Goldberg’s “Suicide of the West” is a literate, snappily written, and often humorous defense of Enlightenment values and a broadside against populism. Steven Pinker’s “Enlightenment Now” has a similar theme, backed by an astounding collection of empirical data.
The cooperative social norms that make mass prosperity possible are completely unnatural, Goldberg argues. They are also the best thing that ever happened to humanity, as both argue. The current populist trend is a primal yawp from our baser instincts. It is also the biggest danger the Miracle faces, as Goldberg terms the post-1800 wealth explosion. The average person has gone from three dollars a day to more than 100 dollars a day, at least in countries that more or less adopted Enlightenment values and institutions.
If you doubt the degree of human betterment that has happened over the last two centuries, and how tightly intertwined they are with liberal values and institutions (liberal in the correct, classical sense), even a cursory skim of the first 345 pages of Pinker will show you in great detail. It really is a Miracle, and the most important development in human history since the invention of fire.
Readers who focus on the authors’ criticisms of President Trump are missing the bigger picture. The populist mindset, or rather emotion-set, and not this or that politician, is the biggest threat facing the modern Miracle. President Trump and his analogues in Italy, Mexico, Venezuela, Brazil, and elsewhere are temporary. But the gut-level impulses that make them electable are part of human nature. That is the concern here, not a president who will evanesce from the political scene after a term or two.
Populism is not a left or right phenomenon. It is an anti-Enlightenment worldview based on the immediate, the concrete, and the emotional. A lot of people feel that living standards are declining, and that people aren’t getting a fair shake. The data say otherwise, but a lot of people just feel that way, and form their beliefs accordingly. As Goldberg puts it:
Populist movements do tend to be coalitions of losers. I do not mean that in a perjorative sense but an analytical one. Populist movements almost by definition don’t spring up among people who think everything is going great and they’re getting a fair shake. (p.367)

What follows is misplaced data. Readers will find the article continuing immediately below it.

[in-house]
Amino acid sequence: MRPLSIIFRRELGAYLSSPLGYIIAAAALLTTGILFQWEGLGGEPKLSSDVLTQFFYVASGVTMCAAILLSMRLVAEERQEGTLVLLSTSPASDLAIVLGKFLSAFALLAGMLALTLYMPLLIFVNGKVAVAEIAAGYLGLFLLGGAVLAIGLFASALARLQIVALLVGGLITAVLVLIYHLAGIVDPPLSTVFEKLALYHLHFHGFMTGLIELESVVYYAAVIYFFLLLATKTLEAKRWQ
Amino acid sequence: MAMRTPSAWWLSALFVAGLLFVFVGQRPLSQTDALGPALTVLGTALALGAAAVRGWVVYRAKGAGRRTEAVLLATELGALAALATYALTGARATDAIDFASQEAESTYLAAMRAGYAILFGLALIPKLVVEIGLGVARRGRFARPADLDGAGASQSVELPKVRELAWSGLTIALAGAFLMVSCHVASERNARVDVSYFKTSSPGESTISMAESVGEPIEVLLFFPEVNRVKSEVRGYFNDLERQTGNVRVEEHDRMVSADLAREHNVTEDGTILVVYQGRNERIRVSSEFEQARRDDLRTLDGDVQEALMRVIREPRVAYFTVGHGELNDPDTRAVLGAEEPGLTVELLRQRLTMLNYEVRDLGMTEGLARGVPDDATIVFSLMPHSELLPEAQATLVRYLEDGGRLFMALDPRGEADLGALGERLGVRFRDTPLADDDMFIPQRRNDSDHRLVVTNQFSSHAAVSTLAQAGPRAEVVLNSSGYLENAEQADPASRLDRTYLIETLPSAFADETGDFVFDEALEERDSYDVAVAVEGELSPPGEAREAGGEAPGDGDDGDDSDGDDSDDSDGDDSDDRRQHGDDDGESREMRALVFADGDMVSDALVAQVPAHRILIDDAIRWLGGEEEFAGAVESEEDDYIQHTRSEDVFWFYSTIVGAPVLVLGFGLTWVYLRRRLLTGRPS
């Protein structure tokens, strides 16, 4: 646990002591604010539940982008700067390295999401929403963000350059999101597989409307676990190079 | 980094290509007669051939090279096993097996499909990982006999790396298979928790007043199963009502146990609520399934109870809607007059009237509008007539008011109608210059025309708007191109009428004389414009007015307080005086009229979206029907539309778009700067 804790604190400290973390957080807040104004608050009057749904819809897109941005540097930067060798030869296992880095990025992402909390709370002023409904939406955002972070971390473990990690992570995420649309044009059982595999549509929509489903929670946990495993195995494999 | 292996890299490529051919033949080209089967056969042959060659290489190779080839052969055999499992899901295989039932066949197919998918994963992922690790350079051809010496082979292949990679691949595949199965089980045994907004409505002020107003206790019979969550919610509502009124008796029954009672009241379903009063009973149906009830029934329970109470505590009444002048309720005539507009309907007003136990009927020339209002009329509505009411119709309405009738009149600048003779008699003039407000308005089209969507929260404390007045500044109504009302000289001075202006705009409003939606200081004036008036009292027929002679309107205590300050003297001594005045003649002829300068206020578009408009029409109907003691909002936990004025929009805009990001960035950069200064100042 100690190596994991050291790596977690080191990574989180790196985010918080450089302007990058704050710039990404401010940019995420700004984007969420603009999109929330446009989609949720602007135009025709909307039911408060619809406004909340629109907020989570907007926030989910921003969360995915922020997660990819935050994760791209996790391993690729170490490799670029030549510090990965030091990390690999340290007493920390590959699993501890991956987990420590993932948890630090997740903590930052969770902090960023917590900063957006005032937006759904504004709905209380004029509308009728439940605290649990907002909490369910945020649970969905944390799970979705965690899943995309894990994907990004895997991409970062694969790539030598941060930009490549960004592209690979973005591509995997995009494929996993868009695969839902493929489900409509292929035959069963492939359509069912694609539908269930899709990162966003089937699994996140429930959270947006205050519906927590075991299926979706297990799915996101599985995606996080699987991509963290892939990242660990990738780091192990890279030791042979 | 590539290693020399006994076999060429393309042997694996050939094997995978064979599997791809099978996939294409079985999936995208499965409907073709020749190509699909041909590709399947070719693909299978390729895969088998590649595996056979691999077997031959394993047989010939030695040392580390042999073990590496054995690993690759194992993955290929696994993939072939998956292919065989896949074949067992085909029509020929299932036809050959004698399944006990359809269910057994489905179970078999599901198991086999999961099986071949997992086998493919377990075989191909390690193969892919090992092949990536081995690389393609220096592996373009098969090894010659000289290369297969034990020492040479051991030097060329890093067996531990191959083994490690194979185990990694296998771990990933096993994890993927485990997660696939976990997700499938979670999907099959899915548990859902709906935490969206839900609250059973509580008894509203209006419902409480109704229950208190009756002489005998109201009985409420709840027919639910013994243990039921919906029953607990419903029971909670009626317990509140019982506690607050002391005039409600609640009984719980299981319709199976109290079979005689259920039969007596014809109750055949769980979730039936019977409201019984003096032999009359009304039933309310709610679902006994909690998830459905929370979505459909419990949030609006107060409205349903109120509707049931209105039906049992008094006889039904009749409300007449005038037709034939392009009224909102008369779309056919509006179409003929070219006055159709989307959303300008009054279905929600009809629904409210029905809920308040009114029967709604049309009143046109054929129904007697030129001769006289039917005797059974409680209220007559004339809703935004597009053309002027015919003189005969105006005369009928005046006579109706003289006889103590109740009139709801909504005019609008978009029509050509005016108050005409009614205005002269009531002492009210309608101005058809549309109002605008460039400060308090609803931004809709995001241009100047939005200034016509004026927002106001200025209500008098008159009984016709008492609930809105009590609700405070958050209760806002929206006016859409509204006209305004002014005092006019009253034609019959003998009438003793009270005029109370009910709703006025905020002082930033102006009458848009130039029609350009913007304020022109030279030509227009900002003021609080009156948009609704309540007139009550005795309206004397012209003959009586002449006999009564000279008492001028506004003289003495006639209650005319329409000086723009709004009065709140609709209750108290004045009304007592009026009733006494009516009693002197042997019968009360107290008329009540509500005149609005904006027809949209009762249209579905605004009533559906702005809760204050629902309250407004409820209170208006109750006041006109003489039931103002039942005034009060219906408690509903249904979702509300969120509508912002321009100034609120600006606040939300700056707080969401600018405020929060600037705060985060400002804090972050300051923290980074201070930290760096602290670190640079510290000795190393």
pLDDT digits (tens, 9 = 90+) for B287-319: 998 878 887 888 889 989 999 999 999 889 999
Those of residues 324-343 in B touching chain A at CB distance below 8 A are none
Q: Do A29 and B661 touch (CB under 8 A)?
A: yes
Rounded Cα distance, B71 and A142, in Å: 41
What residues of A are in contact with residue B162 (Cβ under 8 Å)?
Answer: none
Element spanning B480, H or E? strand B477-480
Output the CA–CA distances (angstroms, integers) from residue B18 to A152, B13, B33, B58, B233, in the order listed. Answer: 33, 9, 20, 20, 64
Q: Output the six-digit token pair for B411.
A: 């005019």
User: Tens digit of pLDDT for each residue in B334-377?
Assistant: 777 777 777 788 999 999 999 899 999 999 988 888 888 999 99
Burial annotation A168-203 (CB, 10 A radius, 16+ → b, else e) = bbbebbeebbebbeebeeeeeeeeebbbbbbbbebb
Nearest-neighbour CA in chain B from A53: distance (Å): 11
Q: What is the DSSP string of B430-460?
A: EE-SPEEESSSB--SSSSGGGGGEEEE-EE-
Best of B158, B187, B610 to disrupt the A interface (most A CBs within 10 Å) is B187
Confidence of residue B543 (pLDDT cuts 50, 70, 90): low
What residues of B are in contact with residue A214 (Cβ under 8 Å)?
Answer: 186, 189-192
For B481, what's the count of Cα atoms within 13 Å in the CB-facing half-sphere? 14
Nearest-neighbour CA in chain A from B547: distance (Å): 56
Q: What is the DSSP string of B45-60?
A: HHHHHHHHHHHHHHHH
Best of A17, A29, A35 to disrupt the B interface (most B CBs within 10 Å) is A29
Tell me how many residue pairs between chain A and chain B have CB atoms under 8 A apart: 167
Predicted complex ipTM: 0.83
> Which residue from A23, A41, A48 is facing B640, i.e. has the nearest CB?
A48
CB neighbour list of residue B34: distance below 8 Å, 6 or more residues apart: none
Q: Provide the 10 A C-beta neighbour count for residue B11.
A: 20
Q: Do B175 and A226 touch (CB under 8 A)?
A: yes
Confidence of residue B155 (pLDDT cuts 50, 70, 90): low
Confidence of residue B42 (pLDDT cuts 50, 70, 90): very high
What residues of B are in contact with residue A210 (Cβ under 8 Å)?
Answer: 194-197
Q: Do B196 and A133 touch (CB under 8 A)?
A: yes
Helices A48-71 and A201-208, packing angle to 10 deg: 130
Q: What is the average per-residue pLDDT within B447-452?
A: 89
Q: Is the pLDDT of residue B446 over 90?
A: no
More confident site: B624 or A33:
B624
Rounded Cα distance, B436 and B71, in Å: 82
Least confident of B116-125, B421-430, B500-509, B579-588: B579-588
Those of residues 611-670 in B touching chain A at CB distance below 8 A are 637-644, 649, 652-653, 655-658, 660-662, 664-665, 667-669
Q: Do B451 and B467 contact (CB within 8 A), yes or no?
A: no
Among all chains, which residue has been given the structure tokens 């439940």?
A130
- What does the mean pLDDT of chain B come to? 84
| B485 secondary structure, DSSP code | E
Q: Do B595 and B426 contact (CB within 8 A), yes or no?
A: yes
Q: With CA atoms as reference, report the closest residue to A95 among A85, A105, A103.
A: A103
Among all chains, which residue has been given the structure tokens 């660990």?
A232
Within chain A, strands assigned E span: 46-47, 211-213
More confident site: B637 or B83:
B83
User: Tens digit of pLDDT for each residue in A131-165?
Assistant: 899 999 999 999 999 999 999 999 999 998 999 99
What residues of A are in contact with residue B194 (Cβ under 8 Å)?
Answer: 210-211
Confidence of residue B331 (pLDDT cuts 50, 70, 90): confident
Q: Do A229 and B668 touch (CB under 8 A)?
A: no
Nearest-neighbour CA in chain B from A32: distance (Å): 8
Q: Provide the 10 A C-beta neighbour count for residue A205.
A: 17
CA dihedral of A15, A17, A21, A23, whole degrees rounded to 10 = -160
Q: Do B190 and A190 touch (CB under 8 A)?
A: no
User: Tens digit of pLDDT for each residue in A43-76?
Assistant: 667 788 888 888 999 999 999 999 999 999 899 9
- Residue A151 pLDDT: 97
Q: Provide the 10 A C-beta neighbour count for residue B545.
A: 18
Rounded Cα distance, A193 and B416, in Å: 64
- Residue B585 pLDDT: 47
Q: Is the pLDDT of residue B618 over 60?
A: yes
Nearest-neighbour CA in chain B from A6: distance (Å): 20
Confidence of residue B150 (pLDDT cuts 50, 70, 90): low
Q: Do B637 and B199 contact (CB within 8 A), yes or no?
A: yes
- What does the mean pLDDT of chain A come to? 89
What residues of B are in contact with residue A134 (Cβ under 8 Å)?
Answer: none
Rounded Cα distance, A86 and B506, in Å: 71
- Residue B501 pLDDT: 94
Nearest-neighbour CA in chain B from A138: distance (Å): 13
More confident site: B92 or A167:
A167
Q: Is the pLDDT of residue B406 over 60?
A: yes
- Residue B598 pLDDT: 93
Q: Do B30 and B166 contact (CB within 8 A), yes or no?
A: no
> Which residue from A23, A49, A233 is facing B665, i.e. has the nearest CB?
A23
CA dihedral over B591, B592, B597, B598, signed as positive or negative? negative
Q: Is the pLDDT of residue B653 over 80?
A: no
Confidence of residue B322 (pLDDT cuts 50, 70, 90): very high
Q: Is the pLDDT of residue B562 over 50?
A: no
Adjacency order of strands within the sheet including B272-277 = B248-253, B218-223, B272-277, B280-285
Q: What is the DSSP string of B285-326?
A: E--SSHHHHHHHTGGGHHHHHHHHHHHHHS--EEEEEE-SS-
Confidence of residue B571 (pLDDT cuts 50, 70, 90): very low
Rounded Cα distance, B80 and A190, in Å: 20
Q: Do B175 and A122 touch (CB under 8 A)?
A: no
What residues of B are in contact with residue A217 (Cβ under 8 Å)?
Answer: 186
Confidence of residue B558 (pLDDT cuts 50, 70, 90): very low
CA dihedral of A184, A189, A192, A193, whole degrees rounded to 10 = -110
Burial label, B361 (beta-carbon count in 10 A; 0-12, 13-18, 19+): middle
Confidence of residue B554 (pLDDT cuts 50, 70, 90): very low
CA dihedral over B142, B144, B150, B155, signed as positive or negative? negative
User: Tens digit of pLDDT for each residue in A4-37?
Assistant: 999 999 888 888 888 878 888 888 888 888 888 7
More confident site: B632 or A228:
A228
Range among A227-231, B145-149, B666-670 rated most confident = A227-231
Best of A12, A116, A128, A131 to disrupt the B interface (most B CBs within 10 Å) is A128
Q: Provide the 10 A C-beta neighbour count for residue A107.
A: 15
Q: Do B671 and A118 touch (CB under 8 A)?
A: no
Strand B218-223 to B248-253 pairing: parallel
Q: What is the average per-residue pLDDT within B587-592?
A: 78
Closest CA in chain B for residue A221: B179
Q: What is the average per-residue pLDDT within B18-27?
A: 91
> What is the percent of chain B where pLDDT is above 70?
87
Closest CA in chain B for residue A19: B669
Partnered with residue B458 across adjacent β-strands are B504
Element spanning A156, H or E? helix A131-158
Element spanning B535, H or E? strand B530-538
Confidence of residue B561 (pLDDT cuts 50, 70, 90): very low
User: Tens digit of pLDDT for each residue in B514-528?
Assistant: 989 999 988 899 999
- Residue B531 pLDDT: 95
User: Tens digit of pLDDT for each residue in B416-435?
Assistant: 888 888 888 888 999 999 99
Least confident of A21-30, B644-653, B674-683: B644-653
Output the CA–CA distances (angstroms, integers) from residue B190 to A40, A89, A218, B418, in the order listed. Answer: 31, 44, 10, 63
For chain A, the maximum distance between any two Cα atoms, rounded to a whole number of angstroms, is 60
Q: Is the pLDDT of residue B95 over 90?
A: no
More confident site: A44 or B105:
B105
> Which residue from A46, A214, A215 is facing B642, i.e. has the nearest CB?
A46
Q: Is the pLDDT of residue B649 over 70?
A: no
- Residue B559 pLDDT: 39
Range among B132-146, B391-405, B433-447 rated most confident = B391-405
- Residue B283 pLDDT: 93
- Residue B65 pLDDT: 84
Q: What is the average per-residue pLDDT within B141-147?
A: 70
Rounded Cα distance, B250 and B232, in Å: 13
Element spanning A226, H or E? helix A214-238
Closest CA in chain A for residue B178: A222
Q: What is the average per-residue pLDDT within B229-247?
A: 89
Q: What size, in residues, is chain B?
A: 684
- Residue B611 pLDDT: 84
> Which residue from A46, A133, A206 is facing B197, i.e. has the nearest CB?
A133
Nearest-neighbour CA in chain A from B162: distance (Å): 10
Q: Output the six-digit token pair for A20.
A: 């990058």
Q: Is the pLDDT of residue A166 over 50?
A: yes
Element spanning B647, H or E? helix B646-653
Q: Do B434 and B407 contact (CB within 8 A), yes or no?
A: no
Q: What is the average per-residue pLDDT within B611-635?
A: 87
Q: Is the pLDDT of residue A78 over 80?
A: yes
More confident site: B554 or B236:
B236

For many people, their reptile brains override the more analytical parts. If you want to see populist emoting in action, a typical political argument on Twitter, Facebook, or cable news will do. Confirmation bias is rampant, contrary evidence is dismissed, language gets strident, and sometimes things get personal. The flames are as hot as they are shallow, whether they blow from the left or the right. But people still get sucked right in. We’re wired to behave that way.
Populism is having a moment right now, just as it did during the Progressive Era in the early twentieth century, and in the German romanticist movement in the century before that (though that movement was redeemed by some beautiful art and literature). Populism will have more moments in the future. The question is if its latest yawp is merely a blip, or a longer-run rejection of the ideas that make progress and modernity possible.
Like populism, Enlightenment thought works outside of a left-right framework. But unlike populism, it operates on a longer, more cool-headed time horizon. This type of liberalism—again, in the correct sense of the word—is more concerned with abstract cultural values and long-term institutional structures. Having the right long-term process matters more than immediately getting the right immediate results.
Pinker and Goldberg both argue that this patient, abstract approach also explains classical liberalism’s limited appeal. Even when our heads often know better, our hearts are still in hunter-gatherer mode.
It is hard to write news stories about the long-term trends the Enlightenment approach emphasizes. A struggling hometown business with a dozen employees is more emotionally compelling than the fact that worldwide, 137,000 people climbed out of absolute poverty today. One of these stories is rather more important than the other. But it doesn’t fire up people’s reptile brains, so it flies under the radar. Pinker illustrates this phenomenon with graph after graph on a relentless array of policy issues, and Goldberg shows how this affects the quality of both political debate and the politicians in that debate.
Goldberg and Pinker are not alone. Matt Ridley’s The Rational Optimist and Michael Shermer’s The Moral Arc are other quality entries in the genre. Both authors, especially Goldberg, acknowledge the influence of CEI Julian Simon Award winner Deirdre N. McCloskey and her Bourgeois trilogy.
Readers interested in primary sources will find some of the best Enlightenment thought in Adam Smith, David Hume, Thomas Jefferson, F.A. Hayek, and James Buchanan. Populists, knowingly or not, draw from sources ranging from Jean-Jacques Rousseau, Goethe, and Nietzsche up to twentieth century progressives such as Louis Brandeis and Ralph Nader, as well as right-wing populists such as Pat Buchanan and Steve Bannon. Pinker argues that President Trump’s world view is, probably unknowingly, eerily similarly to Nietzsche and Rousseau. Understanding them imparts a better understanding of what makes the current administration tick.
If you don’t have the time to read both books, Reason’s Nick Gillespie had an enlightening conversation with Goldberg in June, and Pinker gave a lecture at the Cato Institute in March. There is some overlap between the two books, but they are far from redundant. The authors’ different personalities and different emphases make for two different, complementary, and important works.